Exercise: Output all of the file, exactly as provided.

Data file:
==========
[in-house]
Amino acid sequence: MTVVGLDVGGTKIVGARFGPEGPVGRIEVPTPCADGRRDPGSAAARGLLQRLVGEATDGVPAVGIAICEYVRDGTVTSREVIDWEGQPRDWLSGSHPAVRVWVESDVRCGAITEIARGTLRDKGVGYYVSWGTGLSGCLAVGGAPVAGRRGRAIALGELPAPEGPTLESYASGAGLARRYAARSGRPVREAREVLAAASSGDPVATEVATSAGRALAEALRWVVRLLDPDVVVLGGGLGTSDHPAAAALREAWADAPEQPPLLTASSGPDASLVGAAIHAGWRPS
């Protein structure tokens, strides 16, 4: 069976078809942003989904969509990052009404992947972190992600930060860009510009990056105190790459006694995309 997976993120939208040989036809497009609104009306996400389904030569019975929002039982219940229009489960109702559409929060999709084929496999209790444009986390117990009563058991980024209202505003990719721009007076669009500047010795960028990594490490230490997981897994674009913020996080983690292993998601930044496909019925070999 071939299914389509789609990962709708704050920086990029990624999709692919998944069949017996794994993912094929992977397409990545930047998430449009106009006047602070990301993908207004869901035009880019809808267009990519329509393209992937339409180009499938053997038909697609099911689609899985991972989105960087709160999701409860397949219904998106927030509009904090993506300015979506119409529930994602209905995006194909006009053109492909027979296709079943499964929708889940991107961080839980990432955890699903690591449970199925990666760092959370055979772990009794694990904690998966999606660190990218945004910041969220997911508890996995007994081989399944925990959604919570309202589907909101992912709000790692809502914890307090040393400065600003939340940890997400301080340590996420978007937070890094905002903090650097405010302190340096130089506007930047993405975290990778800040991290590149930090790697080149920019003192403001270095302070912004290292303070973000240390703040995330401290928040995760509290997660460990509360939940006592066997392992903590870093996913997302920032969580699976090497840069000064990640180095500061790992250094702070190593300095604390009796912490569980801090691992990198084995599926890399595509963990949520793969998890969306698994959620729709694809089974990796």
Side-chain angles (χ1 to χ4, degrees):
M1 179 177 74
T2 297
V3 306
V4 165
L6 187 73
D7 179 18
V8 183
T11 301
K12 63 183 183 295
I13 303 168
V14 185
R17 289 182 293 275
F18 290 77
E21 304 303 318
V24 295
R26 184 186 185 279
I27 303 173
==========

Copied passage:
[in-house]
Amino acid sequence: MTVVGLDVGGTKIVGARFGPEGPVGRIEVPTPCADGRRDPGSAAARGLLQRLVGEATDGVPAVGIAICEYVRDGTVTSREVIDWEGQPRDWLSGSHPAVRVWVESDVRCGAITEIARGTLRDKGVGYYVSWGTGLSGCLAVGGAPVAGRRGRAIALGELPAPEGPTLESYASGAGLARRYAARSGRPVREAREVLAAASSGDPVATEVATSAGRALAEALRWVVRLLDPDVVVLGGGLGTSDHPAAAALREAWADAPEQPPLLTASSGPDASLVGAAIHAGWRPS
């Protein structure tokens, strides 16, 4: 069976078809942003989904969509990052009404992947972190992600930060860009510009990056105190790459006694995309 997976993120939208040989036809497009609104009306996400389904030569019975929002039982219940229009489960109702559409929060999709084929496999209790444009986390117990009563058991980024209202505003990719721009007076669009500047010795960028990594490490230490997981897994674009913020996080983690292993998601930044496909019925070999 071939299914389509789609990962709708704050920086990029990624999709692919998944069949017996794994993912094929992977397409990545930047998430449009106009006047602070990301993908207004869901035009880019809808267009990519329509393209992937339409180009499938053997038909697609099911689609899985991972989105960087709160999701409860397949219904998106927030509009904090993506300015979506119409529930994602209905995006194909006009053109492909027979296709079943499964929708889940991107961080839980990432955890699903690591449970199925990666760092959370055979772990009794694990904690998966999606660190990218945004910041969220997911508890996995007994081989399944925990959604919570309202589907909101992912709000790692809502914890307090040393400065600003939340940890997400301080340590996420978007937070890094905002903090650097405010302190340096130089506007930047993405975290990778800040991290590149930090790697080149920019003192403001270095302070912004290292303070973000240390703040995330401290928040995760509290997660460990509360939940006592066997392992903590870093996913997302920032969580699976090497840069000064990640180095500061790992250094702070190593300095604390009796912490569980801090691992990198084995599926890399595509963990949520793969998890969306698994959620729709694809089974990796």
Side-chain angles (χ1 to χ4, degrees):
M1 179 177 74
T2 297
V3 306
V4 165
L6 187 73
D7 179 18
V8 183
T11 301
K12 63 183 183 295
I13 303 168
V14 185
R17 289 182 293 275
F18 290 77
E21 304 303 318
V24 295
R26 184 186 185 279
I27 303 173